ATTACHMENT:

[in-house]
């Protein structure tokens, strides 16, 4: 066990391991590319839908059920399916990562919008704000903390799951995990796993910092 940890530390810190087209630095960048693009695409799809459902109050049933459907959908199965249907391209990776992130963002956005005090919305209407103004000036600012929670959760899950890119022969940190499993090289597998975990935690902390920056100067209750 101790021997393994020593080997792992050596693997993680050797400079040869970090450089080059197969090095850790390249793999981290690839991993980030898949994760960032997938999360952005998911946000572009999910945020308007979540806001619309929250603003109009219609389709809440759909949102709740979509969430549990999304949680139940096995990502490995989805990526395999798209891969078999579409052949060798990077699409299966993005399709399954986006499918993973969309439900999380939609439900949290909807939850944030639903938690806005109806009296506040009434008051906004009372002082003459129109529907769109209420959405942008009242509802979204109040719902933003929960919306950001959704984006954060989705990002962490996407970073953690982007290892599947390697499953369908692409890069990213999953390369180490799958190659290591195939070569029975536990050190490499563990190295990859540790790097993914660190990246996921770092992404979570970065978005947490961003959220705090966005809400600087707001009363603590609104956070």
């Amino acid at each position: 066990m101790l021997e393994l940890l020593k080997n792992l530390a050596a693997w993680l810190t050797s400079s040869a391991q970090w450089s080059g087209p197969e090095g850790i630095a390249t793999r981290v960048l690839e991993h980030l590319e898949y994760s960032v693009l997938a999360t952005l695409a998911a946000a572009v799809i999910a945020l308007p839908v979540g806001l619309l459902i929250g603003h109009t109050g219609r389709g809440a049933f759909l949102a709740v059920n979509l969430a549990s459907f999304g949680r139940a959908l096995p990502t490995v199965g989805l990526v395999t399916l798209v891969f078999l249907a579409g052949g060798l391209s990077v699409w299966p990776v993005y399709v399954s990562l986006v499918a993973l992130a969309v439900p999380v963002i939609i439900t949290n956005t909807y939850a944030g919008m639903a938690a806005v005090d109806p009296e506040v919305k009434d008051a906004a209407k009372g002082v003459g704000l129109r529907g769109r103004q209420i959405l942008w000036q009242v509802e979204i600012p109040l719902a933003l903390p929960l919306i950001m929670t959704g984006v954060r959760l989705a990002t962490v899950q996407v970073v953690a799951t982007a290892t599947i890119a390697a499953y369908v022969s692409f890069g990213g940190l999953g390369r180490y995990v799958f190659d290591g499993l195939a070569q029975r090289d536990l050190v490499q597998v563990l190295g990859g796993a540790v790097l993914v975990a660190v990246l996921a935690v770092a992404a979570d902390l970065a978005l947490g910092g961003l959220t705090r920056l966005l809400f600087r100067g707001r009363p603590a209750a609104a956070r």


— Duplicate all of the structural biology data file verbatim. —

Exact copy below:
[in-house]
């Protein structure tokens, strides 16, 4: 066990391991590319839908059920399916990562919008704000903390799951995990796993910092 940890530390810190087209630095960048693009695409799809459902109050049933459907959908199965249907391209990776992130963002956005005090919305209407103004000036600012929670959760899950890119022969940190499993090289597998975990935690902390920056100067209750 101790021997393994020593080997792992050596693997993680050797400079040869970090450089080059197969090095850790390249793999981290690839991993980030898949994760960032997938999360952005998911946000572009999910945020308007979540806001619309929250603003109009219609389709809440759909949102709740979509969430549990999304949680139940096995990502490995989805990526395999798209891969078999579409052949060798990077699409299966993005399709399954986006499918993973969309439900999380939609439900949290909807939850944030639903938690806005109806009296506040009434008051906004009372002082003459129109529907769109209420959405942008009242509802979204109040719902933003929960919306950001959704984006954060989705990002962490996407970073953690982007290892599947390697499953369908692409890069990213999953390369180490799958190659290591195939070569029975536990050190490499563990190295990859540790790097993914660190990246996921770092992404979570970065978005947490961003959220705090966005809400600087707001009363603590609104956070």
């Amino acid at each position: 066990m101790l021997e393994l940890l020593k080997n792992l530390a050596a693997w993680l810190t050797s400079s040869a391991q970090w450089s080059g087209p197969e090095g850790i630095a390249t793999r981290v960048l690839e991993h980030l590319e898949y994760s960032v693009l997938a999360t952005l695409a998911a946000a572009v799809i999910a945020l308007p839908v979540g806001l619309l459902i929250g603003h109009t109050g219609r389709g809440a049933f759909l949102a709740v059920n979509l969430a549990s459907f999304g949680r139940a959908l096995p990502t490995v199965g989805l990526v395999t399916l798209v891969f078999l249907a579409g052949g060798l391209s990077v699409w299966p990776v993005y399709v399954s990562l986006v499918a993973l992130a969309v439900p999380v963002i939609i439900t949290n956005t909807y939850a944030g919008m639903a938690a806005v005090d109806p009296e506040v919305k009434d008051a906004a209407k009372g002082v003459g704000l129109r529907g769109r103004q209420i959405l942008w000036q009242v509802e979204i600012p109040l719902a933003l903390p929960l919306i950001m929670t959704g984006v954060r959760l989705a990002t962490v899950q996407v970073v953690a799951t982007a290892t599947i890119a390697a499953y369908v022969s692409f890069g990213g940190l999953g390369r180490y995990v799958f190659d290591g499993l195939a070569q029975r090289d536990l050190v490499q597998v563990l190295g990859g796993a540790v790097l993914v975990a660190v990246l996921a935690v770092a992404a979570d902390l970065a978005l947490g910092g961003l959220t705090r920056l966005l809400f600087r100067g707001r009363p603590a209750a609104a956070r």